If you enjoy a juicy public relations screw-up, then grab your spirituous drink of choice and take a seat: this one's a doozy.

Our tale begins in the far-off year of 2013, when Android Police readers noticed an unlikely uptick in the amount of five-star reviews on the Play Store for BlackBerry's new BBM app. Less than 24 hour after the app's initial appearance more than 60,000 positive reviews were left for the new messenger service, many with the same cut-and-paste praise:

Thanks BlackBerry - thank you so much BlackBerry Team its really great user friendly and smooth.

The same review was left over and over, with little variation. Clearly someone was stuffing the ballot for BlackBerry, and since it really didn't make sense for anyone except BlackBerry to do so, suspicion instantly fell on the company and/or its contracted marketing and public relations partners. Though BlackBerry did respond to our short report ("We do not approve of or condone such activities"), the company never explained exactly what happened.


The easy assumption is that some over-eager promoter decided to make damn sure that BBM was a success on Android and paid people via some relatively cheap labor service, such as Amazon Mechanical Turk, to pump up the app's score. To be clear, that hasn't been proven in any way, it's just the explanation that makes the most sense.

Now fast forward to 2016. BlackBerry is in even more dire straits now than it was then - the company is no longer making its own hardware, instead loading up a customized, security-focused ROM onto white box phones such as the Alcatel Idol 4 to make "BlackBerry" products like the DTEK50. The newest device is the DTEK60, a bigger and more powerful option based on the TCL 950 handset. It's on sale now for $499. Android Police reported on the phone launch yesterday, as usual.


Apparently BlackBerry couldn't wait for initial reviews to toot its own horn, and instead decided to publish a blog post documenting the overwhelmingly positive press that the DTEK60 received just hours after being announced. The breathless post quotes technology sources like TechRadar, CrackBerry, TechCrunch, and SlashGear. This sort of thing isn't uncommon - it's kind of like those movie commercials you see with reviewer quotes boasting about "the blockbuster hit of the summer" and such.


You like me, you really like me!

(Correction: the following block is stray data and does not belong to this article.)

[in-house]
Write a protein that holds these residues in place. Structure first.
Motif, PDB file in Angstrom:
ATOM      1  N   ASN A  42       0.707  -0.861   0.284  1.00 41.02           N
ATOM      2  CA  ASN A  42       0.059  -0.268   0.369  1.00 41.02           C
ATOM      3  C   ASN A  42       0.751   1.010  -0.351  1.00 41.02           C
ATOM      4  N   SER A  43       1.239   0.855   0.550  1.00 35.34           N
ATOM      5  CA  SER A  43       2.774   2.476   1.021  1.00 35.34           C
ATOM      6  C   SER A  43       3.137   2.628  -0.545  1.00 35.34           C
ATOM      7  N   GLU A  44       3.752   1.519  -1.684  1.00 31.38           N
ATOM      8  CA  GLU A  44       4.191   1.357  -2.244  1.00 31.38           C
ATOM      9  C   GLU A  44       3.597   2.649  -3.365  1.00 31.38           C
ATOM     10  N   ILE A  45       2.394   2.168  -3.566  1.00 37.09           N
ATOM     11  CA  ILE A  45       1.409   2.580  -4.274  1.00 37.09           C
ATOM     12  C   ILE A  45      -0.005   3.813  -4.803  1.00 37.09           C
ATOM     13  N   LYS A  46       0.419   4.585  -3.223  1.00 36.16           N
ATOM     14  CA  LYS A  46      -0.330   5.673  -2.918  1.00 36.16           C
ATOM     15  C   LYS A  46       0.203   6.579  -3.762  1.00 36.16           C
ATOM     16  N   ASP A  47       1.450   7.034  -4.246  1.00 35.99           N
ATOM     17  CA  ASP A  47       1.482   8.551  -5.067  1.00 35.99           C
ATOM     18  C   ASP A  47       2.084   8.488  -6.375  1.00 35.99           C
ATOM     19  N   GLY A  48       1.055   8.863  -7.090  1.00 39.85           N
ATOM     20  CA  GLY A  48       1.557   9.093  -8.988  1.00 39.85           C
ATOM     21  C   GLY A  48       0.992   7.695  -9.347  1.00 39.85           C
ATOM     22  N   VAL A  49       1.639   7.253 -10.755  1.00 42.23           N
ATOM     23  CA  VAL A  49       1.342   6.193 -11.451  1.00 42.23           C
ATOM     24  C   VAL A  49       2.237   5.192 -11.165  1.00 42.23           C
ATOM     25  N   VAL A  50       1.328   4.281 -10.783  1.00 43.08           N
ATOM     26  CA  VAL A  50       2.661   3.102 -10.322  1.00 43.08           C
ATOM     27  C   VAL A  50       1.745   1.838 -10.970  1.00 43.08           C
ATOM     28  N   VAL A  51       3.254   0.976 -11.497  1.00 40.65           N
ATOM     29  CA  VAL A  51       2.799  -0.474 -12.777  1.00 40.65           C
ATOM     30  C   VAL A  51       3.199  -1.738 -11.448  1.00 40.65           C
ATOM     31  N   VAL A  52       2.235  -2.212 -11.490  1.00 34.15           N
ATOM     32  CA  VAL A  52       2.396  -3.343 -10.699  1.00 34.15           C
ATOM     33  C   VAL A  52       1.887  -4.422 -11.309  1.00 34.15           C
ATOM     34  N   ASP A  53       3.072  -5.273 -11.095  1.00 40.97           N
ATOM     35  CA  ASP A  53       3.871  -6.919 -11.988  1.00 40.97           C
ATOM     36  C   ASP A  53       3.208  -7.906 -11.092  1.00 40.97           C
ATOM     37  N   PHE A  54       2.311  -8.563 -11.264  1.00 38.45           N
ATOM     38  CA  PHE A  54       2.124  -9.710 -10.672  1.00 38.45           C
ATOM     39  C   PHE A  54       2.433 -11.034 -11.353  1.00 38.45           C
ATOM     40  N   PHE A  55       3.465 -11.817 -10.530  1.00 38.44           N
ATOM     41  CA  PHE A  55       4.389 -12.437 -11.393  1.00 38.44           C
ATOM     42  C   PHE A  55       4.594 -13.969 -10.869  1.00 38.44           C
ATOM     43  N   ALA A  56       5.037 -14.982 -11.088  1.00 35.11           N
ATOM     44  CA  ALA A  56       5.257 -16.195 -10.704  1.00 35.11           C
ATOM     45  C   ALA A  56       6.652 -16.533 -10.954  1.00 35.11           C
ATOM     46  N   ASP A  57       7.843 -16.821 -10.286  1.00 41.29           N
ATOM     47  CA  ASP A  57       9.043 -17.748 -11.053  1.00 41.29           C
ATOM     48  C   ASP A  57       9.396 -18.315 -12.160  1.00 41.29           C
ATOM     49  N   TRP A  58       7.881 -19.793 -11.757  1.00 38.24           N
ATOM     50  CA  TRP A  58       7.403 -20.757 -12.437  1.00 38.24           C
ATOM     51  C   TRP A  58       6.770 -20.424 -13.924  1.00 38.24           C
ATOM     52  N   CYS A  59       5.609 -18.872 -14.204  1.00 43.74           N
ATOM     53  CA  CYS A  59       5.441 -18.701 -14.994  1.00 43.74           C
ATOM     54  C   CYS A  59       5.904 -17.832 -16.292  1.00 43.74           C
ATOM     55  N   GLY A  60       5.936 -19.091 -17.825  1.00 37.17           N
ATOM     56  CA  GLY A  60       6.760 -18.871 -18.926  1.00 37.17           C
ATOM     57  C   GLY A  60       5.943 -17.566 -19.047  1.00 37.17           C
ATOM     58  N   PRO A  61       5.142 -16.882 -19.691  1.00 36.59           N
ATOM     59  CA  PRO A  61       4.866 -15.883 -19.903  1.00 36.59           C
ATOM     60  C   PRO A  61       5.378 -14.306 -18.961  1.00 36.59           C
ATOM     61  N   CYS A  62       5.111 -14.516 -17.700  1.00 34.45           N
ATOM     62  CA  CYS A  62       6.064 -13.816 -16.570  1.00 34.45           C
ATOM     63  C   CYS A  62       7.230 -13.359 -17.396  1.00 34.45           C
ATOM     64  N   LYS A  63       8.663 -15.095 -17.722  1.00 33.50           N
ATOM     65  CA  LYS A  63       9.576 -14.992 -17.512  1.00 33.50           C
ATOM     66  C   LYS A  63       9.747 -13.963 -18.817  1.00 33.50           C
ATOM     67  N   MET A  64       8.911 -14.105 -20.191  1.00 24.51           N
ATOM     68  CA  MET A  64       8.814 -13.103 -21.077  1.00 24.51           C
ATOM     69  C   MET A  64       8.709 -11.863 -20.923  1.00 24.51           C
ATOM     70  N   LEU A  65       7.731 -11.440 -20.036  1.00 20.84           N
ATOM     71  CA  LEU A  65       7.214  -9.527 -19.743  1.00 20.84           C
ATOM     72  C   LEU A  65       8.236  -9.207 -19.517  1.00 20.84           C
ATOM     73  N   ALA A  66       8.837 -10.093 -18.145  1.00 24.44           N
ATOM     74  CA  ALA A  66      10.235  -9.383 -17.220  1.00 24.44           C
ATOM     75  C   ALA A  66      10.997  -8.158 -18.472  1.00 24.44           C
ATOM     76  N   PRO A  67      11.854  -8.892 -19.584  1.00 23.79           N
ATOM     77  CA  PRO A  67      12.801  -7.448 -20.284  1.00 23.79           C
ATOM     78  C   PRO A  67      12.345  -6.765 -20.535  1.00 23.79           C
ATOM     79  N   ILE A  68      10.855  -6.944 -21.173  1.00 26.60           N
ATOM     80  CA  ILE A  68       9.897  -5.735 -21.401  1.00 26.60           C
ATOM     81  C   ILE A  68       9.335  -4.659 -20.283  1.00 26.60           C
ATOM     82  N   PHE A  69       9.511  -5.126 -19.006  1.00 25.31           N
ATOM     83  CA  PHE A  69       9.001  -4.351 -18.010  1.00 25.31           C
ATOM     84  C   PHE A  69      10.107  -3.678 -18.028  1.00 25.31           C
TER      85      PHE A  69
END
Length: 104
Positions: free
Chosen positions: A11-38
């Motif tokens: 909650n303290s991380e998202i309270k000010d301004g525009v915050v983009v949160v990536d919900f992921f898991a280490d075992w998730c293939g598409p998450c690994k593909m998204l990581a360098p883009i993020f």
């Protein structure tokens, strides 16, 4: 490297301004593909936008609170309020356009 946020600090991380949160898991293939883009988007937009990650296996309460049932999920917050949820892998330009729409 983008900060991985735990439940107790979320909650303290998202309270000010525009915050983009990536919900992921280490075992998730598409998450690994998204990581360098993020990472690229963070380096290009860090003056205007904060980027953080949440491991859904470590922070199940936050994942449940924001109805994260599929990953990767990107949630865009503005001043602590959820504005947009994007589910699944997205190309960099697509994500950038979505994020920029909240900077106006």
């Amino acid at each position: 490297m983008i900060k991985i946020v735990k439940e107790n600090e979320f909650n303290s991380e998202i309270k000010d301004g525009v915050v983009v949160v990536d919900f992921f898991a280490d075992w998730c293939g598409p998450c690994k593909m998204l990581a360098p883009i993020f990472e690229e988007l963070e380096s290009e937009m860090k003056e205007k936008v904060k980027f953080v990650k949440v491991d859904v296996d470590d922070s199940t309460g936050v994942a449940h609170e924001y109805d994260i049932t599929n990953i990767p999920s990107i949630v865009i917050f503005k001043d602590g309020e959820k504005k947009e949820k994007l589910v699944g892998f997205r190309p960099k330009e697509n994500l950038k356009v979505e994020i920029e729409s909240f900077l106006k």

But that wasn't enough. Nope, the blog post quotes technology fans on Twitter and Instagram, all of whom praise the rebranded phone as if it's the long-prophesied return of the Half-Life franchise. This sort of thing isn't unheard of either - hell, it's half the reason that brands have Twitter accounts in the first place - but giving equal billing to both individual social posts and established media is a little weird. It reeks of desperation... which I suppose makes sense, in context.

I've always depended on the kindness of strangers.

But even that wasn't enough to sate BlackBerry's lust for positive buzz. Next, they scraped the user comments of some of those news posts for positive reactions to the DTEK60's announcement. This seems particularly low, since they're primarily pulling from Inside BlackBerry and CrackBerry, sites whose users can be relied upon to at least have a moderately pro-BlackBerry slant. The blog post also pulls one comment each from the more general tech site The Verge... and Android Police.


Well my my, doesn't that look familiar.

That is in fact a comment left on Android Police's DTEK60 announcement post. And it's not technically fake... at least, not in the sense that it was left by some BlackBerry shill. The comment was posted by one of our readers going by "Samarth." Samarth is a real guy, and he's posted on Android Police articles before going back months. Samarth was just sarcastically and humorously calling back to the original 2013 story about the fake reviews, leaving the identical comment. It's a joke. It's not intended to be a genuine expression of desire for the DTEK60. I'm over-explaining this, aren't I?


Anyway, the joke apparently went over the head of someone on the BlackBerry PR team, as they included it as if it was real praise from an excited prospective customer.

Or did they? I don't wish to accuse anyone of foul play. But it is odd that out of the seven blog comments cited by BlackBerry, three from Inside BlackBerry, two from CrackBerry, and one each from The Verge and Android Police, ours is the only one without a direct link to the comment in question. Huh. What's also strange is that it wasn't the only positive comment on the article - a reader going by "atc-tech" says that "I would buy THIS right now, over the Pixel XL."

BlackBerry's blog post is self-congratulatory to the extreme. It's sad and reaching enough all by itself - quoting Twitter, Instagram and blog comments that haven't been verified to be independent is kind of weird. But adding a sarcastic comment referring back to an embarrassing example of a PR gaff just turns the whole thing into a farce.

We hope you're having as many laughs at BlackBerry's expense as we did. For more peeks behind the curtain at the world of PR, check out this sympathetic report.

It seems BlackBerry has removed the Android Police comment quote from its blog post. It was fun while it lasted.